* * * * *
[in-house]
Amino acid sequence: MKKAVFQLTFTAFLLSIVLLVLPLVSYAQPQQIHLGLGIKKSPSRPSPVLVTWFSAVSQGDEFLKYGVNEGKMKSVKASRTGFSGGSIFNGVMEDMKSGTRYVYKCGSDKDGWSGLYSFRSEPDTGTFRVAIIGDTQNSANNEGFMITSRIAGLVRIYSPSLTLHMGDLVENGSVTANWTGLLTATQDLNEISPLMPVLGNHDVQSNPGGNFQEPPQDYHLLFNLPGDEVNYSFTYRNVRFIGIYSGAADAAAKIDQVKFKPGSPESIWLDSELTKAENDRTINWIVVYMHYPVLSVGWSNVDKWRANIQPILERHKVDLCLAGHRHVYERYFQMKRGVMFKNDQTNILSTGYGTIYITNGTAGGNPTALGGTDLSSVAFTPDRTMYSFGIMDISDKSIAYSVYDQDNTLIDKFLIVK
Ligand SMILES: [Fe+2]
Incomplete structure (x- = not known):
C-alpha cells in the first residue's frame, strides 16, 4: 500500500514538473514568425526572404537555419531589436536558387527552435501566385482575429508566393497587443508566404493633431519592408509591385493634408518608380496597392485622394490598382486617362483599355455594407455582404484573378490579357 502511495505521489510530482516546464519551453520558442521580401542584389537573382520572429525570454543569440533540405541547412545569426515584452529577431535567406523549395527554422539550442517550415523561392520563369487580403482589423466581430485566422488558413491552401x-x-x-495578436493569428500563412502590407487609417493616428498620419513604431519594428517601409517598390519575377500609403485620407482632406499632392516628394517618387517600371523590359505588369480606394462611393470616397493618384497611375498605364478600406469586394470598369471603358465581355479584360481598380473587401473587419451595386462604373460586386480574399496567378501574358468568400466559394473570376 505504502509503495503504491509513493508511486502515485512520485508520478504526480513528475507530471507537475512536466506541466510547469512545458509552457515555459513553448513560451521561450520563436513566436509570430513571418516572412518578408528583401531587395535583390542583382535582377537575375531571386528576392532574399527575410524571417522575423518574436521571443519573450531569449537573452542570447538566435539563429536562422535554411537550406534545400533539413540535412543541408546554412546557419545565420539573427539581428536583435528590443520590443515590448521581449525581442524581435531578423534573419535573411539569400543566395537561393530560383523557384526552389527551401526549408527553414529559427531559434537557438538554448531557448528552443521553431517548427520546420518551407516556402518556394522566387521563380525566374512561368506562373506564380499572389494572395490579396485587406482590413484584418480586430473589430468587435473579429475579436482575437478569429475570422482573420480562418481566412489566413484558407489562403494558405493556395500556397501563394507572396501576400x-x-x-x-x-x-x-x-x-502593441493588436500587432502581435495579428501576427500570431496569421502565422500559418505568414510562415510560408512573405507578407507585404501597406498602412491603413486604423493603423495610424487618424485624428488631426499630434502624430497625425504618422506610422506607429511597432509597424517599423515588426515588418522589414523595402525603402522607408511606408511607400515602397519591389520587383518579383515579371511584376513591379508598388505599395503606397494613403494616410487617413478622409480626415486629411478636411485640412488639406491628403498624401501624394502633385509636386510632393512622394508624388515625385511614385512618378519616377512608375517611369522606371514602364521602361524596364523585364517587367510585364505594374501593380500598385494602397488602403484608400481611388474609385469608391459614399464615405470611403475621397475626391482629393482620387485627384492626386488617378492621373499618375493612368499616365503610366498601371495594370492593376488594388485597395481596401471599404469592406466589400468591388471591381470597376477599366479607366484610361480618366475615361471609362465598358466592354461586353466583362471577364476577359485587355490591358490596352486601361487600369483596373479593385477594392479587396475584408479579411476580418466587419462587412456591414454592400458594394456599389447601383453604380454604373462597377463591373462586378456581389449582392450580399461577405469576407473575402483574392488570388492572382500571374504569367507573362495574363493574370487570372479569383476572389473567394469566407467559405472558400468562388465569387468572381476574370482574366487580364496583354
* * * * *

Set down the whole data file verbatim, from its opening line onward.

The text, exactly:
[in-house]
Amino acid sequence: MKKAVFQLTFTAFLLSIVLLVLPLVSYAQPQQIHLGLGIKKSPSRPSPVLVTWFSAVSQGDEFLKYGVNEGKMKSVKASRTGFSGGSIFNGVMEDMKSGTRYVYKCGSDKDGWSGLYSFRSEPDTGTFRVAIIGDTQNSANNEGFMITSRIAGLVRIYSPSLTLHMGDLVENGSVTANWTGLLTATQDLNEISPLMPVLGNHDVQSNPGGNFQEPPQDYHLLFNLPGDEVNYSFTYRNVRFIGIYSGAADAAAKIDQVKFKPGSPESIWLDSELTKAENDRTINWIVVYMHYPVLSVGWSNVDKWRANIQPILERHKVDLCLAGHRHVYERYFQMKRGVMFKNDQTNILSTGYGTIYITNGTAGGNPTALGGTDLSSVAFTPDRTMYSFGIMDISDKSIAYSVYDQDNTLIDKFLIVK
Ligand SMILES: [Fe+2]
Incomplete structure (x- = not known):
C-alpha cells in the first residue's frame, strides 16, 4: 500500500514538473514568425526572404537555419531589436536558387527552435501566385482575429508566393497587443508566404493633431519592408509591385493634408518608380496597392485622394490598382486617362483599355455594407455582404484573378490579357 502511495505521489510530482516546464519551453520558442521580401542584389537573382520572429525570454543569440533540405541547412545569426515584452529577431535567406523549395527554422539550442517550415523561392520563369487580403482589423466581430485566422488558413491552401x-x-x-495578436493569428500563412502590407487609417493616428498620419513604431519594428517601409517598390519575377500609403485620407482632406499632392516628394517618387517600371523590359505588369480606394462611393470616397493618384497611375498605364478600406469586394470598369471603358465581355479584360481598380473587401473587419451595386462604373460586386480574399496567378501574358468568400466559394473570376 505504502509503495503504491509513493508511486502515485512520485508520478504526480513528475507530471507537475512536466506541466510547469512545458509552457515555459513553448513560451521561450520563436513566436509570430513571418516572412518578408528583401531587395535583390542583382535582377537575375531571386528576392532574399527575410524571417522575423518574436521571443519573450531569449537573452542570447538566435539563429536562422535554411537550406534545400533539413540535412543541408546554412546557419545565420539573427539581428536583435528590443520590443515590448521581449525581442524581435531578423534573419535573411539569400543566395537561393530560383523557384526552389527551401526549408527553414529559427531559434537557438538554448531557448528552443521553431517548427520546420518551407516556402518556394522566387521563380525566374512561368506562373506564380499572389494572395490579396485587406482590413484584418480586430473589430468587435473579429475579436482575437478569429475570422482573420480562418481566412489566413484558407489562403494558405493556395500556397501563394507572396501576400x-x-x-x-x-x-x-x-x-502593441493588436500587432502581435495579428501576427500570431496569421502565422500559418505568414510562415510560408512573405507578407507585404501597406498602412491603413486604423493603423495610424487618424485624428488631426499630434502624430497625425504618422506610422506607429511597432509597424517599423515588426515588418522589414523595402525603402522607408511606408511607400515602397519591389520587383518579383515579371511584376513591379508598388505599395503606397494613403494616410487617413478622409480626415486629411478636411485640412488639406491628403498624401501624394502633385509636386510632393512622394508624388515625385511614385512618378519616377512608375517611369522606371514602364521602361524596364523585364517587367510585364505594374501593380500598385494602397488602403484608400481611388474609385469608391459614399464615405470611403475621397475626391482629393482620387485627384492626386488617378492621373499618375493612368499616365503610366498601371495594370492593376488594388485597395481596401471599404469592406466589400468591388471591381470597376477599366479607366484610361480618366475615361471609362465598358466592354461586353466583362471577364476577359485587355490591358490596352486601361487600369483596373479593385477594392479587396475584408479579411476580418466587419462587412456591414454592400458594394456599389447601383453604380454604373462597377463591373462586378456581389449582392450580399461577405469576407473575402483574392488570388492572382500571374504569367507573362495574363493574370487570372479569383476572389473567394469566407467559405472558400468562388465569387468572381476574370482574366487580364496583354